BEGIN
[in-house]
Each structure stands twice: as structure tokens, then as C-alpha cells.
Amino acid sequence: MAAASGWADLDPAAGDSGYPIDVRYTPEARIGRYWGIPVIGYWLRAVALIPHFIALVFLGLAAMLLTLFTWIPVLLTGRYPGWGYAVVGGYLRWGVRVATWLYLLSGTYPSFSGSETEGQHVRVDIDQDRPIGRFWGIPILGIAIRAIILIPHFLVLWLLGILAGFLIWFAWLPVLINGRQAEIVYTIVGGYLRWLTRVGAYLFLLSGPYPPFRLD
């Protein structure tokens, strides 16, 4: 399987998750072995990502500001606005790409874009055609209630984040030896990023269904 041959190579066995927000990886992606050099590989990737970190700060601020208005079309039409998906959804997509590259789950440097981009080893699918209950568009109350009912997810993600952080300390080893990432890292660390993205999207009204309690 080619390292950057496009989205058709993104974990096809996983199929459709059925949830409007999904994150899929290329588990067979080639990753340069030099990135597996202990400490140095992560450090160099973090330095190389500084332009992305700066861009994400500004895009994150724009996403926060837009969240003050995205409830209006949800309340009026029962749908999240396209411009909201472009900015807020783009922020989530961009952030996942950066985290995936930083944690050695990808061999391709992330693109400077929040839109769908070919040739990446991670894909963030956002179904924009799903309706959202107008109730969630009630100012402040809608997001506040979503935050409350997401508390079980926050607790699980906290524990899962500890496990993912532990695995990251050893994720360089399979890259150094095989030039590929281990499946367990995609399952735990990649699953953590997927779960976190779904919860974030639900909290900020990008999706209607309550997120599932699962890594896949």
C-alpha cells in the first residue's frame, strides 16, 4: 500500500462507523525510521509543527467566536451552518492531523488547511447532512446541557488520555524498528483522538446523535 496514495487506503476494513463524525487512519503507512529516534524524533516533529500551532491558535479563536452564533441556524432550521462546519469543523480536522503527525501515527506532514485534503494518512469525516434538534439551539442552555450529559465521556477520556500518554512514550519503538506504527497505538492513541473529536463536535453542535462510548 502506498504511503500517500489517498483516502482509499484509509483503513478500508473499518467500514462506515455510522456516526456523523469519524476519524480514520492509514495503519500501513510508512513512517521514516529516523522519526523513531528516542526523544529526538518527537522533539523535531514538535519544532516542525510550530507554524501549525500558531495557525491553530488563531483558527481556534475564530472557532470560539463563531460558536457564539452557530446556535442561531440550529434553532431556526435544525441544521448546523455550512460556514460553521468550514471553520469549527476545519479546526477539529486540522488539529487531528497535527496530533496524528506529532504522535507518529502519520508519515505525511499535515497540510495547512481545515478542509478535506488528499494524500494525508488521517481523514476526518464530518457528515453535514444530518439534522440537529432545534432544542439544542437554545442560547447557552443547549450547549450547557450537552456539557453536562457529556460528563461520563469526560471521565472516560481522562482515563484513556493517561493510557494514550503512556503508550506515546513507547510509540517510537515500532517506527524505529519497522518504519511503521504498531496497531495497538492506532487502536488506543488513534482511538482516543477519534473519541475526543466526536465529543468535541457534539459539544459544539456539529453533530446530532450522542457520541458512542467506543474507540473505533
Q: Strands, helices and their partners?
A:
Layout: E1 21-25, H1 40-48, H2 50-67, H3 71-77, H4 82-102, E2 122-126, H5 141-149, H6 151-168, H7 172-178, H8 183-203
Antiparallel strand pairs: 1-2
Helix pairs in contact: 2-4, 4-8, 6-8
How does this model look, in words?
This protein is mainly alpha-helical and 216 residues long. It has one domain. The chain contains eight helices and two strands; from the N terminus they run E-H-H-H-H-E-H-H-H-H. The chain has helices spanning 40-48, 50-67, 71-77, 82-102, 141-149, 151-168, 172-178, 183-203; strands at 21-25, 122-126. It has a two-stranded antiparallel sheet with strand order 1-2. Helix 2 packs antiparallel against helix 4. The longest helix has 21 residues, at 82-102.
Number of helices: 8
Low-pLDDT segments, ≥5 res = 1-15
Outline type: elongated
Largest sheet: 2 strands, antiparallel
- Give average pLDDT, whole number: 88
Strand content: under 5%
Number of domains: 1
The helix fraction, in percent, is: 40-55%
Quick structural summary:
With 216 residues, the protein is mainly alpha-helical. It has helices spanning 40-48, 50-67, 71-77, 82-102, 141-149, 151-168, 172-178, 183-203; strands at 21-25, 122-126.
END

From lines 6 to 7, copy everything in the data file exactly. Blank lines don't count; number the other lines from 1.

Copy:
Q: Strands, helices and their partners?
A: